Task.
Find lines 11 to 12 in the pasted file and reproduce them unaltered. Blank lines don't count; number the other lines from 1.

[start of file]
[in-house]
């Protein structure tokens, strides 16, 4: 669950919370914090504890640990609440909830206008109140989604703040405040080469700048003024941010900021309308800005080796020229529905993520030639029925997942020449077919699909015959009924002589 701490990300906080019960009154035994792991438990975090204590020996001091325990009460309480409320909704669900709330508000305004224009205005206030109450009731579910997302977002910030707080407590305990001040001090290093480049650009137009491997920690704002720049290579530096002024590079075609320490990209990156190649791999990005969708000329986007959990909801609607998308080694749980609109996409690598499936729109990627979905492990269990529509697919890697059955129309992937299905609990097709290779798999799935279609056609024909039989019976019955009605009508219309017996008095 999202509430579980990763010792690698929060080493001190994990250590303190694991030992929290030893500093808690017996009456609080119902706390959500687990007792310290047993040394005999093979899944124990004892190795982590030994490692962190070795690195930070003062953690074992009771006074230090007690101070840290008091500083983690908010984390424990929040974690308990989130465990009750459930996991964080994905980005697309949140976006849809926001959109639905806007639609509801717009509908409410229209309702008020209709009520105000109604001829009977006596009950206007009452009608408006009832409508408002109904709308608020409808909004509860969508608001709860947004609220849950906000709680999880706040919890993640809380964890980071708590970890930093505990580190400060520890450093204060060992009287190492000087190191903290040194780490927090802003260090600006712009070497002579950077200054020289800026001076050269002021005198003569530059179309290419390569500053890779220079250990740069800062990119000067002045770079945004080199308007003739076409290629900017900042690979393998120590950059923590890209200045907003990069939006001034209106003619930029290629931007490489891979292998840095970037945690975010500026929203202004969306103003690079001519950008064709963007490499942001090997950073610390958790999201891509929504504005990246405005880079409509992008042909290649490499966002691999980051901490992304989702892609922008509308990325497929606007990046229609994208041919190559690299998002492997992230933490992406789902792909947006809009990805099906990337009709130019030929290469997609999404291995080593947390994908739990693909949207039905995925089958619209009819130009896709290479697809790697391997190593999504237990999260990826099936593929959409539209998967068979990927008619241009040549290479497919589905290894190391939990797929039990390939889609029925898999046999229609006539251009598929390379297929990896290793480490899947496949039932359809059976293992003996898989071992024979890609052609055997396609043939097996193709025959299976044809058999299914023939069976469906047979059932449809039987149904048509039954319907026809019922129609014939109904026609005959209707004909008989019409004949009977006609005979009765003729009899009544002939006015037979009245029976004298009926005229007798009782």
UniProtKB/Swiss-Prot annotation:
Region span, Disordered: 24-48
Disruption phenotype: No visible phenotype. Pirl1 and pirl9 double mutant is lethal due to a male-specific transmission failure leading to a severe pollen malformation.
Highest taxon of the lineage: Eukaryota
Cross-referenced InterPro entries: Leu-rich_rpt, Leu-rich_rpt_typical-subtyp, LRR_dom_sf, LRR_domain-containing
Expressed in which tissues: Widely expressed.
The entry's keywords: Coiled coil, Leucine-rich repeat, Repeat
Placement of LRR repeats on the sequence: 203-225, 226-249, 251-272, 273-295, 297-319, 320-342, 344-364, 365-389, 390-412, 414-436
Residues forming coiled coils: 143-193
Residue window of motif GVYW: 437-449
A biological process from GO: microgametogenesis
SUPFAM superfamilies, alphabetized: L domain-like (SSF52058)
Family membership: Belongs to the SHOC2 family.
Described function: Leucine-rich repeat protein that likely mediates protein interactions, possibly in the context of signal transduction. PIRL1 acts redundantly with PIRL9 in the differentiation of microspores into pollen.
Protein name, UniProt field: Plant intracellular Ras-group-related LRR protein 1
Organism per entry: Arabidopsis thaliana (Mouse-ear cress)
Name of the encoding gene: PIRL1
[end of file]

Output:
Residues forming coiled coils: 143-193
Residue window of motif GVYW: 437-449